Libertarian Infighting is a Good Thing

Libertarian Infighting is a Good Thing.

 

Libertarian Infighting

Libertarian Infighting

I recently posted a message requesting suggestions for my next article, and a reader posted about libertarian infighting… “How division among various freedom groups will be our undoing unless we work together”. So I decided to write the exact opposite.

But I’m not just doing this to be an asshole. I think it’s actually a really important point, and before this article ends, I promise there’s good news in this for all of us. There are perpetual squabbles going on between libertarians, it’s been going on for longer than the word libertarian has been in common parlance, and despite the prevalence and popularity of libertarian sparring matches, it is still so common to hear people condemn them.

I like to refer to the condemnation of libertarian infighting as “The Unity Card”. It’s such a popular thing inside the “Liberty Movement” to tell people to put their differences aside and work together. It seems like we’re always at each other’s throats, and it’s sort of impossible not to notice that if you’re involved. Wishing we were all on the same page and working to achieve the same goals instead of going after one another seems to make a lot of sense on its face, but I think it’s important to recognize that we don’t all have the same goals, and that’s sort of the point of everything we do.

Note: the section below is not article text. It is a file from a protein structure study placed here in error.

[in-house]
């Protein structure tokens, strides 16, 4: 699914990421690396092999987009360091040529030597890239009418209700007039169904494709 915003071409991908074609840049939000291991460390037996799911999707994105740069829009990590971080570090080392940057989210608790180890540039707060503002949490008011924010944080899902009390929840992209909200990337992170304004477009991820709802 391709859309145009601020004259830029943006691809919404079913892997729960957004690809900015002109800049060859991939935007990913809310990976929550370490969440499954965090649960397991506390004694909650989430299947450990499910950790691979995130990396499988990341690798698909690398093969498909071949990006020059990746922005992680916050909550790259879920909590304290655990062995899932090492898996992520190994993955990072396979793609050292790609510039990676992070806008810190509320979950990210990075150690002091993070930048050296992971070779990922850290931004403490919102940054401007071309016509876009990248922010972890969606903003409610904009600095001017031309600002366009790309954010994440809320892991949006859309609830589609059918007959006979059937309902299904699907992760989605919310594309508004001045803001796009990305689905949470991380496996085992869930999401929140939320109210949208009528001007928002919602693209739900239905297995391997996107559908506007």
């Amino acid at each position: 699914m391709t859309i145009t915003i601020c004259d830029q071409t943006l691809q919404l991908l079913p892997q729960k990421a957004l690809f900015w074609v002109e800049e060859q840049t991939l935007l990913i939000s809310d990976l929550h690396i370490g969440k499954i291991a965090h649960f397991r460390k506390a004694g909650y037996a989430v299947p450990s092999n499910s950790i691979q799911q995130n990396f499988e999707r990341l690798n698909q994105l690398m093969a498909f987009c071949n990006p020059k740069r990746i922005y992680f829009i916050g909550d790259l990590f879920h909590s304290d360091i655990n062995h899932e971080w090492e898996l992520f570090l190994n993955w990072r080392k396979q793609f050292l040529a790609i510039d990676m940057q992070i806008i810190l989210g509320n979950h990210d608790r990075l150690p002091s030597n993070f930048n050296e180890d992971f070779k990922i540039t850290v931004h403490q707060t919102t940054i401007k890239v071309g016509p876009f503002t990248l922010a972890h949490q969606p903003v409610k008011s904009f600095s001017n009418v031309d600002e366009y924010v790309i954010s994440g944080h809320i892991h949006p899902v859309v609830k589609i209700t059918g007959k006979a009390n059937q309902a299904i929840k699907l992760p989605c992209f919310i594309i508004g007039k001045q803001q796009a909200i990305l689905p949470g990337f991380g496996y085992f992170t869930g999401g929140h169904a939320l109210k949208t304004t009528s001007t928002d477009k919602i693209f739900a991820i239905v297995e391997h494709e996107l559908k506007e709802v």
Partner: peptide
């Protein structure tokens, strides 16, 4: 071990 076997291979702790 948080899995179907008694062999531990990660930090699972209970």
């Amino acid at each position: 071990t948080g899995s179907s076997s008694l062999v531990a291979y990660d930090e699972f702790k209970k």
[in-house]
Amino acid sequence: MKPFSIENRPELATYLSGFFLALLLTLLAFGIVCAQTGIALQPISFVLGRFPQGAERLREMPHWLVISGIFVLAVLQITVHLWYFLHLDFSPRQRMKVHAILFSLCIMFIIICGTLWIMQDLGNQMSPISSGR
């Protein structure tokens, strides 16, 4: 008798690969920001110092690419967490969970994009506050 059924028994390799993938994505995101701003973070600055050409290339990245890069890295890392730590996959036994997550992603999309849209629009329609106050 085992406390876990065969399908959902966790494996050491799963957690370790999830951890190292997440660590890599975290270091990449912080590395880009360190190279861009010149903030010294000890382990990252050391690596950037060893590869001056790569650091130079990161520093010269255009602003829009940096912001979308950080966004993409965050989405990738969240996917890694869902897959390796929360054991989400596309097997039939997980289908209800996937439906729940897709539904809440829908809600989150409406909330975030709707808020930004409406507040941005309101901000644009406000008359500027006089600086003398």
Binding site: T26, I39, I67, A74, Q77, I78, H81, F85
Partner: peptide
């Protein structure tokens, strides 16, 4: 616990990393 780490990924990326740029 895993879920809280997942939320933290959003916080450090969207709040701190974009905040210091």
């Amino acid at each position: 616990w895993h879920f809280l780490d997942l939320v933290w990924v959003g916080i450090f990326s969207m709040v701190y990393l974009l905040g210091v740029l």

If we all wanted the same thing, it would be terribly unlikely that we’d be having any of these discussions. We’d all be following the same central plan, the State would be on our side, we wouldn’t be arguing with each other, we’d simply be playing our part in achieving the greater good. The whole point of freedom is recognizing that we don’t all want the same thing. The goals of individuals are not only different, but competitive. For me to achieve my goals, actually necessitates me preventing you from achieving yours in many cases, and that’s where the source of libertarian infighting often lies.

The easiest example is the constant argument between limited government types, and anarchists. If you still want to “restore the republic”, if you think the US Constitution is a great idea, I’ve got news for you, we’re on different teams. I seek the abolition of the State, and so the last thing I want is a more tolerable State. Comfort is a slave’s worst enemy. I want people to see the government as foreign and dangerous, so if you spread the idea that people have to get involved and participate in that system, then not only do I think you’re terribly misinformed, you’re actively working to undermine my efforts. There are only three possible outcomes to this conflict,

  1. We both fail